Thursday, March 26, 2015


People can be particular about their cocktails. But when it comes to certain drinks, some people become militantly so. Take David Wondrich's Esquire article on the Manhattan, for example. He says to stir your Manhattan, but if you prefer to shake it, "There's nothing wrong with that, really.... If you like your Manhattan cloudy and topped with an algae-like foam, shake away." Message received. He is similarly firm on the topic of bourbon vs. rye in a Manhattan: "For a real Manhattan, you need rye whiskey. No amount of fiddling with the vermouth and bitters can save this drink if you've got bourbon in the foundations; it's just too sticky-sweet."

So imagine my distress when I go to make my Manhattan for this post and remember that I've run out of rye. I consider moving on to the next drink on my list, but the thought was a bit disappointing; I was looking forward to the Manhattan. I eye the bottle of Four Roses Bourbon on the bar. I glance around. No one is watching. Certainly not David Wondrich. Quietly, I reach for it.

In all seriousness, I don't think most people would fault you for making a bourbon Manhattan. While trying to decide whether to pair my shameful bourbon with Punt e Mes or another sweet vermouth, I came across this post at Cocktail Buzz that compares rye vs. bourbon and Punt e Mes vs. Carpano Antica Formula (aka everybody's-favorite-sweet-vermouth-that-I-have-yet-to-try) in a Manhattan. I was pleased to hear that they liked all of the combinations. They did advise that Punt e Mes would give a spicier, less sweet cocktail than the Carpano Antico, so I used that in my bourbon Manhattan to avoid the "sticky-sweet" flavor that Wondrich warned against. Was it a really, truly good Manhattan? I thought so, and that's all that matters.

Still, I look forward to the day when I'm enough of a cocktail snob to be that opinionated. It's what I aspire to.

History: The traditional story of the Manhattan's creation is that it was developed at the Manhattan Club in New York in 1874 for a party thrown by Jennie Jerome Churchill, the wife of Randolph Churchill and mother of Winston Churchill, to celebrate the election of New York governor Samuel J. Tilden. (Tilden would later go on to win the popular vote in the 1876 presidential election, but lose to Rutherford B. Hayes in the electoral college, a situation much like what happened in the 2000 elections.) However, this story cannot be accurate, as Lady Churchill was in England at this time, giving birth to Winston. There were still two banquets held at the Manhattan Club for Tilden, and I'm not sure why no one seems to think the cocktail might still have originated at one of them even if Jennie wasn't present.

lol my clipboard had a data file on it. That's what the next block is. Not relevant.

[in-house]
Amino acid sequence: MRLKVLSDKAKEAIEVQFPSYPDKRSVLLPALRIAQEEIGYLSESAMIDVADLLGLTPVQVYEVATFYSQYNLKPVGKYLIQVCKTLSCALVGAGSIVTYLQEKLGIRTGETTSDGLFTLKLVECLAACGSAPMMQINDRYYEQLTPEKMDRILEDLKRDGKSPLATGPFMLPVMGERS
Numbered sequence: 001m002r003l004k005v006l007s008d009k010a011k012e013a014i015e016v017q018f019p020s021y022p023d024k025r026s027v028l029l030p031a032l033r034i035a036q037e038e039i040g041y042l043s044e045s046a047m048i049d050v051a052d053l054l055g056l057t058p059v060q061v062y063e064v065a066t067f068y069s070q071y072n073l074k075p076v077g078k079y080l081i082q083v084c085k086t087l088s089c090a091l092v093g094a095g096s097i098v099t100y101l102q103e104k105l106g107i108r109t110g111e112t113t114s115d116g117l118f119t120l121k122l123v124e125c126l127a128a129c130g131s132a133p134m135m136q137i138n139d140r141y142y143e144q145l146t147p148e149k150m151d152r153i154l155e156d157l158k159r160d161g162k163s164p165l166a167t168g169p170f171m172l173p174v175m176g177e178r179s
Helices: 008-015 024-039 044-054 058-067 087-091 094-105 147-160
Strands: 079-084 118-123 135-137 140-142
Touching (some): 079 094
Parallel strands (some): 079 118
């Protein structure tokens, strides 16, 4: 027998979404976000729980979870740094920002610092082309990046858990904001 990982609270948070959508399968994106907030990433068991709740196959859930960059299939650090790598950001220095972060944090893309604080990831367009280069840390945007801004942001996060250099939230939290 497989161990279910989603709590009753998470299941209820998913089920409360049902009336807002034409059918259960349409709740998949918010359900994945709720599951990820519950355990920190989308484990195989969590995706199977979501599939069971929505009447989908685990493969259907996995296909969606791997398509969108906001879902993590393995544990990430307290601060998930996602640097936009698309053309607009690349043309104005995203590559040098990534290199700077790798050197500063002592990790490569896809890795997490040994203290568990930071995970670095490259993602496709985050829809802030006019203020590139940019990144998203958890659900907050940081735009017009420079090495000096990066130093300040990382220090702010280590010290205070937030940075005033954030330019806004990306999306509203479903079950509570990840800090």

The other main contender is a man we only know as Black. Bartender William F. Mulhall, who worked at New York's Hoffman House, claimed that Black had invented the drink in the 1860's. He said only that Black "kept a place ten doors below Houston Street on Broadway." The story was printed in a 1923 issue of Valentine's Manual of New York.

Either way, the Manhattan was popular enough by 1882 that the first known mention of it was made in print. In a short feature about mixed drinks, The Democrat of Olean, New York printed:

"It is but a short time ago that a mixture of whiskey, vermouth and bitters came into vogue. It went under various names - the Manhattan cocktail, Turf Club cocktail, and Jockey Club cocktail. Bartenders at first were sorely puzzled what was wanted when it was demanded. But now they are fully cognizant of its various aliases and no difficulty is encountered."


2 oz. rye whiskey (or bourbon, if you dare)
1 oz. sweet vermouth
1-2 dashes Angostura bitters

Combine all ingredients in a mixing glass. Add ice and stir until chilled. Don't shake unless you like algae-like foam. Strain into a cocktail glass or coupe, or serve on the rocks. Garnish with a maraschino or brandied cherry (or three).

Recipe from Esquire.

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